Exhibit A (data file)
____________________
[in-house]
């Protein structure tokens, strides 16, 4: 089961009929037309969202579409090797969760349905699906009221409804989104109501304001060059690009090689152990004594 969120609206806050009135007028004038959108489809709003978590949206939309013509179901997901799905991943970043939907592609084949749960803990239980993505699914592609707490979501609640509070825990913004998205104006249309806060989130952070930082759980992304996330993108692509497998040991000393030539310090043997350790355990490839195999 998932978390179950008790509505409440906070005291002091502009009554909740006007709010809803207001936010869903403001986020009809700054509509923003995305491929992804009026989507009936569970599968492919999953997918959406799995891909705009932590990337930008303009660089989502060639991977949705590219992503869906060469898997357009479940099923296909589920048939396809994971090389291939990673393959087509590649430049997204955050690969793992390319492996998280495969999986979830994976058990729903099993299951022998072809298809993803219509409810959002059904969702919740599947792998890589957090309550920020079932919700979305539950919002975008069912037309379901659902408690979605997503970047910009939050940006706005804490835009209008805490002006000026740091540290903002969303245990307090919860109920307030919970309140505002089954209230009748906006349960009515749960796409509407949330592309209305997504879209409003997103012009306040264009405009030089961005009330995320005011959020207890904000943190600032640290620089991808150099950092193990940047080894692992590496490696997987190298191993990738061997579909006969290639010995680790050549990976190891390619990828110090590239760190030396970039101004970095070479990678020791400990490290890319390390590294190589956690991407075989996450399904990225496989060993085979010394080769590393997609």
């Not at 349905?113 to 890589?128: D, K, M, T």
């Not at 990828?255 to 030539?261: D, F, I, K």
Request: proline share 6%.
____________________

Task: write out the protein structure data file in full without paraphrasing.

[in-house]
């Protein structure tokens, strides 16, 4: 089961009929037309969202579409090797969760349905699906009221409804989104109501304001060059690009090689152990004594 969120609206806050009135007028004038959108489809709003978590949206939309013509179901997901799905991943970043939907592609084949749960803990239980993505699914592609707490979501609640509070825990913004998205104006249309806060989130952070930082759980992304996330993108692509497998040991000393030539310090043997350790355990490839195999 998932978390179950008790509505409440906070005291002091502009009554909740006007709010809803207001936010869903403001986020009809700054509509923003995305491929992804009026989507009936569970599968492919999953997918959406799995891909705009932590990337930008303009660089989502060639991977949705590219992503869906060469898997357009479940099923296909589920048939396809994971090389291939990673393959087509590649430049997204955050690969793992390319492996998280495969999986979830994976058990729903099993299951022998072809298809993803219509409810959002059904969702919740599947792998890589957090309550920020079932919700979305539950919002975008069912037309379901659902408690979605997503970047910009939050940006706005804490835009209008805490002006000026740091540290903002969303245990307090919860109920307030919970309140505002089954209230009748906006349960009515749960796409509407949330592309209305997504879209409003997103012009306040264009405009030089961005009330995320005011959020207890904000943190600032640290620089991808150099950092193990940047080894692992590496490696997987190298191993990738061997579909006969290639010995680790050549990976190891390619990828110090590239760190030396970039101004970095070479990678020791400990490290890319390390590294190589956690991407075989996450399904990225496989060993085979010394080769590393997609």
């Not at 349905?113 to 890589?128: D, K, M, T």
């Not at 990828?255 to 030539?261: D, F, I, K």
Request: proline share 6%.